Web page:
how stress can affect your mental health - my journey.
Updated: Mar 9, 2019
Mental Health Awareness Week 2018 (14-20 May)
By Suki, Founder of I AM WOMAN
This week it is Mental Health Awareness Week: the focus being stress. Stress can lead to physical problems, chronic illness, anxiety, depression and in some cases death by suicide.
Studies reported by the Mental Health Foundation show that In the past year, 74% of people have felt so stressed they have been overwhelmed or unable to cope (https://www.mentalhealth.org.uk/a-to-z/s/stress).
As someone who has suffered at the hands of stress I know first hand of the repercussions. Many people suffer in silence and I’m hoping that by opening up and sharing my story it may help others. Gulp, here goes…
After nearly 15 years of long-term stress in a top sales career, I opted out. With a dream of living a life that didn’t impact my mental, emotional and physical health, I am slowly getting there but it was not without a harsh wake-up call that resulted in my first episode of severe depression.
There are so many factors outside of work that also contributed to my stress. I guess you could blame my background for one. I come from a culture that does not believe in failure, this had stayed with me for most of my 20s and early 30s, resulting in a very lucrative career but also constant pressure on myself. The pressure I put on myself was damning, constant tough talk of having to do better, whatever I achieved was never good enough, I was always looking for the next bounty and taking a break gave me the biggest fear of missing out.
There was always something that I had to achieve, a social event I had to go to, a gym class I had to slay. But I never slowed down and took time out for ME. Weirdly, whilst my life was going so well, the positive events in my life were also creating long-term stress for me as I was in a constant fight or flight mode. When you are constantly challenging yourself and looking for the next big thing to achieve you put your emotional and physical body under so much strain... if you don’t take a break from it. Over a long period of time it eventually it starts breaking down.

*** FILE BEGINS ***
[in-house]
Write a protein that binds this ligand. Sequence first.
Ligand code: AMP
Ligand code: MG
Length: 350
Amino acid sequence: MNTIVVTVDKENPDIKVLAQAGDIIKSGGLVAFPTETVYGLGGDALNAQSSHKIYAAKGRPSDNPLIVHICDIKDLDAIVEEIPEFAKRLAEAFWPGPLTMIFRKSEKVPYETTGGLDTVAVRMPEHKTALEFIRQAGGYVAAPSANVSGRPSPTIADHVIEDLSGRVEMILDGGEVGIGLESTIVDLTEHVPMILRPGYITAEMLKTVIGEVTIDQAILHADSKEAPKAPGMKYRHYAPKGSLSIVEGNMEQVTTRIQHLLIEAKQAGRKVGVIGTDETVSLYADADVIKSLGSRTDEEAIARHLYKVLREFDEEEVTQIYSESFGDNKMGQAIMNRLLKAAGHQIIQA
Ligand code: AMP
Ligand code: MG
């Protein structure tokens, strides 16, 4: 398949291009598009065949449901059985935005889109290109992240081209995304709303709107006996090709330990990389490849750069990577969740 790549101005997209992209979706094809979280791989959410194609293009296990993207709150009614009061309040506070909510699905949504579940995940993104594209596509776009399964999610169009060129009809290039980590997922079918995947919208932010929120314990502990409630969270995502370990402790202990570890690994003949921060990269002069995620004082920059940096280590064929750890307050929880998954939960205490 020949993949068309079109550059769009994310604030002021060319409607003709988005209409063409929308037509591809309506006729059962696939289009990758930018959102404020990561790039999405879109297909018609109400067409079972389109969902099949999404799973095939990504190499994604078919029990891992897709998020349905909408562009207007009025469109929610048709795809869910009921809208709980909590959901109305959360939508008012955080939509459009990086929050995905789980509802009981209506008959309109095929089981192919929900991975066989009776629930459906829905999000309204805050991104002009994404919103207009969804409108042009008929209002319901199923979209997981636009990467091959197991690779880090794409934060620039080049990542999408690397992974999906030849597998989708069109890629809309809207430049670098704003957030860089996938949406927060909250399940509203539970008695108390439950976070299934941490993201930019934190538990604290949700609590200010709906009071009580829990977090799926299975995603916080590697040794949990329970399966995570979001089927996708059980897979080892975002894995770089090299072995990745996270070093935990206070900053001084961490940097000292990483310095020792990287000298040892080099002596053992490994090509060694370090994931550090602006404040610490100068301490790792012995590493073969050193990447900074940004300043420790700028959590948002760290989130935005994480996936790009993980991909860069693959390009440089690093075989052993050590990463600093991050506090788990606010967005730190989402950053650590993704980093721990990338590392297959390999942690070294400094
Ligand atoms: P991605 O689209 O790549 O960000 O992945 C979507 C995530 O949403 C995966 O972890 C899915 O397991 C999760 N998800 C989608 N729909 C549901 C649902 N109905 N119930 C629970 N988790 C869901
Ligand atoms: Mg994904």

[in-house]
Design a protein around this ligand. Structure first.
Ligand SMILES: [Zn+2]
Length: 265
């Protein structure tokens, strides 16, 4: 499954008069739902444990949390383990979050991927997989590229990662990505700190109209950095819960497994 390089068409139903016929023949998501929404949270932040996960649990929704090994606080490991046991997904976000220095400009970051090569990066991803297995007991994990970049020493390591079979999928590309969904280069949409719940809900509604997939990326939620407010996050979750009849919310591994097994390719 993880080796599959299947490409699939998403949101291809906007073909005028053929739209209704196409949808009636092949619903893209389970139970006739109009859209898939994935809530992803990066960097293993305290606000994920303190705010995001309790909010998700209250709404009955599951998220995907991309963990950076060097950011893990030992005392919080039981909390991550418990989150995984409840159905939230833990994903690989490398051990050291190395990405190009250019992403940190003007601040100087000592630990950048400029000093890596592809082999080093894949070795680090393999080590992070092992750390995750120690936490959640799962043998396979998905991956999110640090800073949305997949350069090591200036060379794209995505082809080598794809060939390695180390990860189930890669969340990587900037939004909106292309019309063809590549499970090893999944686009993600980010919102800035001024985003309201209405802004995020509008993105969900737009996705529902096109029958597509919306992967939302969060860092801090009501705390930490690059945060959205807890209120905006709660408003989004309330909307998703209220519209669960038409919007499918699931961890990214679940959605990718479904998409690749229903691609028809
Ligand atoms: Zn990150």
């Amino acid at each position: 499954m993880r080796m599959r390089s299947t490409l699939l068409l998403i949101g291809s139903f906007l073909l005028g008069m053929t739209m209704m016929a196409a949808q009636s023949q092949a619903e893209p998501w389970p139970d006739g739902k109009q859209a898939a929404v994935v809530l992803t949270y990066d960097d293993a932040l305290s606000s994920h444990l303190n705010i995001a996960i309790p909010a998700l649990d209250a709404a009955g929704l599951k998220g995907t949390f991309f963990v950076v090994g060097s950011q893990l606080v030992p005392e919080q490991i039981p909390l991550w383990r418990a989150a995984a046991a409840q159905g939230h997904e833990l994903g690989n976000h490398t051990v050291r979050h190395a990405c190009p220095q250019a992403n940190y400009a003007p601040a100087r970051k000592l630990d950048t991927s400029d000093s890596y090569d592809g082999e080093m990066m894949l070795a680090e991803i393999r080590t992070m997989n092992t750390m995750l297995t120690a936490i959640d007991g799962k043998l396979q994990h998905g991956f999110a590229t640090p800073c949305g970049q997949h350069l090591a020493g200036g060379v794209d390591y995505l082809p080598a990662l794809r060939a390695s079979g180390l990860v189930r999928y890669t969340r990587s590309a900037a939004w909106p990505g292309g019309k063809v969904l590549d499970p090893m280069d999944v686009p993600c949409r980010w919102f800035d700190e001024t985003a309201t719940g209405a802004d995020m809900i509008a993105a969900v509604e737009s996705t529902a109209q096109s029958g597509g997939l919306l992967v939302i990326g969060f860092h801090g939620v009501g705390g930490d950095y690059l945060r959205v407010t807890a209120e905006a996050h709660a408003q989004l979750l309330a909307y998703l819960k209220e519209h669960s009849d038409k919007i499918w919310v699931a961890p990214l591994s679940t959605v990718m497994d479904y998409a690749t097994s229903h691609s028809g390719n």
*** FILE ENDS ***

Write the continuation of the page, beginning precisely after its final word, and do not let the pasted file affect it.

So shit got a bit real, I had been through some big life changes and had never taken a break. My career had always been my safety blanket so if anything ever went wrong in my personal life I would put even more work into my career. I ignored all the signs of fatigue, stress, anxiety and physical illness and put it down to living what I thought was this super successful and thriving life. But over time, my behaviour started changing, I was getting dehabilitating headaches and my emotional health was deteriorating. I hid it well from colleagues and family and blamed it on my career but I knew deep down there was something else that was contributing to my ill health.
I made a tough decision to leave my successful career after two years of turmoil to go travelling and it was then that all the feelings I had kept in started to unravel - and my depression took full form. Unable to speak to anyone for fear of being judged I kept it in for a further six months until my sister intervened.
And now I’m trying to make changes to make sure I don’t end up in that place again. Don’t get me wrong, I work best under pressure which is when I do feel stressed, short bursts though, you know the ones where you have a deadline and once completed you feel like you’ve achieved something great and a job well done, until the next time that is.
I mean I have put the biggest stress on myself recently by launching my own company but the difference this time round is I can spot the warning signs and take a break when it is getting too much. I don’t feel guilty if I take a few days off for self care, we all need recovery and in fact it makes us more productive. Let’s face it, without your mental health there is nothing, as I discovered.
The biggest lesson I have learned is that we owe it to ourselves to slow down, take a moment and self care. It will make us more productive too and we will be better people all-round.
In hindsight, I wished I had slowed down earlier over the last 15 years, decided to have a break, maybe I wouldn’t have crashed and burned like I did. My depression was the cause of years and years of putting myself under pressure, but I also understand that it was something quite dramatic that needed to happen in order for me to wake up and realise I couldn’t live like this any longer. I am a better person for it and I hope sharing my journey will help others too.
If you’re an employer, I would ask you to think about the wellbeing of your employees as a priority. We live in a digital world where work is available 24/7, encourage your employees to take a break, if employees need a day off to focus on their mental health make it readily available. In turn, your workforce will be more creative, productive and thrive.
Take a minute to ask someone if they are ok, I was lucky that after six months of suffering on my own, my sister helped me find my voice. And for anyone reading this that is suffering please reach out to someone, anyone. You are not alone and you can get through this, I did.
If you need to speak to someone there is a list of organisations her https://www.time-to-change.org.uk/what-are-mental-health-problems/mental-health-help-you/other-useful-organisations or you can email me on firstname.lastname@example.org
Big Love, Suki xx